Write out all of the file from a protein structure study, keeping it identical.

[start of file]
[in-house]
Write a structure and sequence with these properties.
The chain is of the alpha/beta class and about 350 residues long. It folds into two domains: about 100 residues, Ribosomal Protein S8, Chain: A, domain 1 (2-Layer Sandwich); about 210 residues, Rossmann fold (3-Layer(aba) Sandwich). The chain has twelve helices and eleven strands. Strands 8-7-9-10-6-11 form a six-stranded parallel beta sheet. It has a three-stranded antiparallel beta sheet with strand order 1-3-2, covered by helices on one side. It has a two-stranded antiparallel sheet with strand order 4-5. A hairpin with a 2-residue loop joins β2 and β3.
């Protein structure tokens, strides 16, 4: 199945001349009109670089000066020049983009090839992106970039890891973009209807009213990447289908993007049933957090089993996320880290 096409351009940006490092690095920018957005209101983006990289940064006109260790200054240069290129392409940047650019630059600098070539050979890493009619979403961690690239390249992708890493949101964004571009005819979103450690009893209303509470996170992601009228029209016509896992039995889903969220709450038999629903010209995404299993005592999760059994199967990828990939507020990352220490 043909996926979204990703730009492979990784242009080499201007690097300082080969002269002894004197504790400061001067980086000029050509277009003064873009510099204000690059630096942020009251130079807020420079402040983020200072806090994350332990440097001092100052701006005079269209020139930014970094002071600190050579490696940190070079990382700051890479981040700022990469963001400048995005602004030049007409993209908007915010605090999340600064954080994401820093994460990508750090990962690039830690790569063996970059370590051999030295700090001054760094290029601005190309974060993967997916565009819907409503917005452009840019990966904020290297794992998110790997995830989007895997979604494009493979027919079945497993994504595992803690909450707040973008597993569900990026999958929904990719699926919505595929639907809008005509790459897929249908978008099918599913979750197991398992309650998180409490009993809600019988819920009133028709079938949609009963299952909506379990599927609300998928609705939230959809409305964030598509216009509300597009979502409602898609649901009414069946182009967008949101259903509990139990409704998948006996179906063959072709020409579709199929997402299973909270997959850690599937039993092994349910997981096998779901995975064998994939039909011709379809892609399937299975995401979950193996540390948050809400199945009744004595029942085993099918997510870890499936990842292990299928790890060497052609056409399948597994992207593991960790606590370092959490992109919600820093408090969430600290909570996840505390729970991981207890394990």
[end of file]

[in-house]
Write a structure and sequence with these properties.
The chain is of the alpha/beta class and about 350 residues long. It folds into two domains: about 100 residues, Ribosomal Protein S8, Chain: A, domain 1 (2-Layer Sandwich); about 210 residues, Rossmann fold (3-Layer(aba) Sandwich). The chain has twelve helices and eleven strands. Strands 8-7-9-10-6-11 form a six-stranded parallel beta sheet. It has a three-stranded antiparallel beta sheet with strand order 1-3-2, covered by helices on one side. It has a two-stranded antiparallel sheet with strand order 4-5. A hairpin with a 2-residue loop joins β2 and β3.
């Protein structure tokens, strides 16, 4: 199945001349009109670089000066020049983009090839992106970039890891973009209807009213990447289908993007049933957090089993996320880290 096409351009940006490092690095920018957005209101983006990289940064006109260790200054240069290129392409940047650019630059600098070539050979890493009619979403961690690239390249992708890493949101964004571009005819979103450690009893209303509470996170992601009228029209016509896992039995889903969220709450038999629903010209995404299993005592999760059994199967990828990939507020990352220490 043909996926979204990703730009492979990784242009080499201007690097300082080969002269002894004197504790400061001067980086000029050509277009003064873009510099204000690059630096942020009251130079807020420079402040983020200072806090994350332990440097001092100052701006005079269209020139930014970094002071600190050579490696940190070079990382700051890479981040700022990469963001400048995005602004030049007409993209908007915010605090999340600064954080994401820093994460990508750090990962690039830690790569063996970059370590051999030295700090001054760094290029601005190309974060993967997916565009819907409503917005452009840019990966904020290297794992998110790997995830989007895997979604494009493979027919079945497993994504595992803690909450707040973008597993569900990026999958929904990719699926919505595929639907809008005509790459897929249908978008099918599913979750197991398992309650998180409490009993809600019988819920009133028709079938949609009963299952909506379990599927609300998928609705939230959809409305964030598509216009509300597009979502409602898609649901009414069946182009967008949101259903509990139990409704998948006996179906063959072709020409579709199929997402299973909270997959850690599937039993092994349910997981096998779901995975064998994939039909011709379809892609399937299975995401979950193996540390948050809400199945009744004595029942085993099918997510870890499936990842292990299928790890060497052609056409399948597994992207593991960790606590370092959490992109919600820093408090969430600290909570996840505390729970991981207890394990």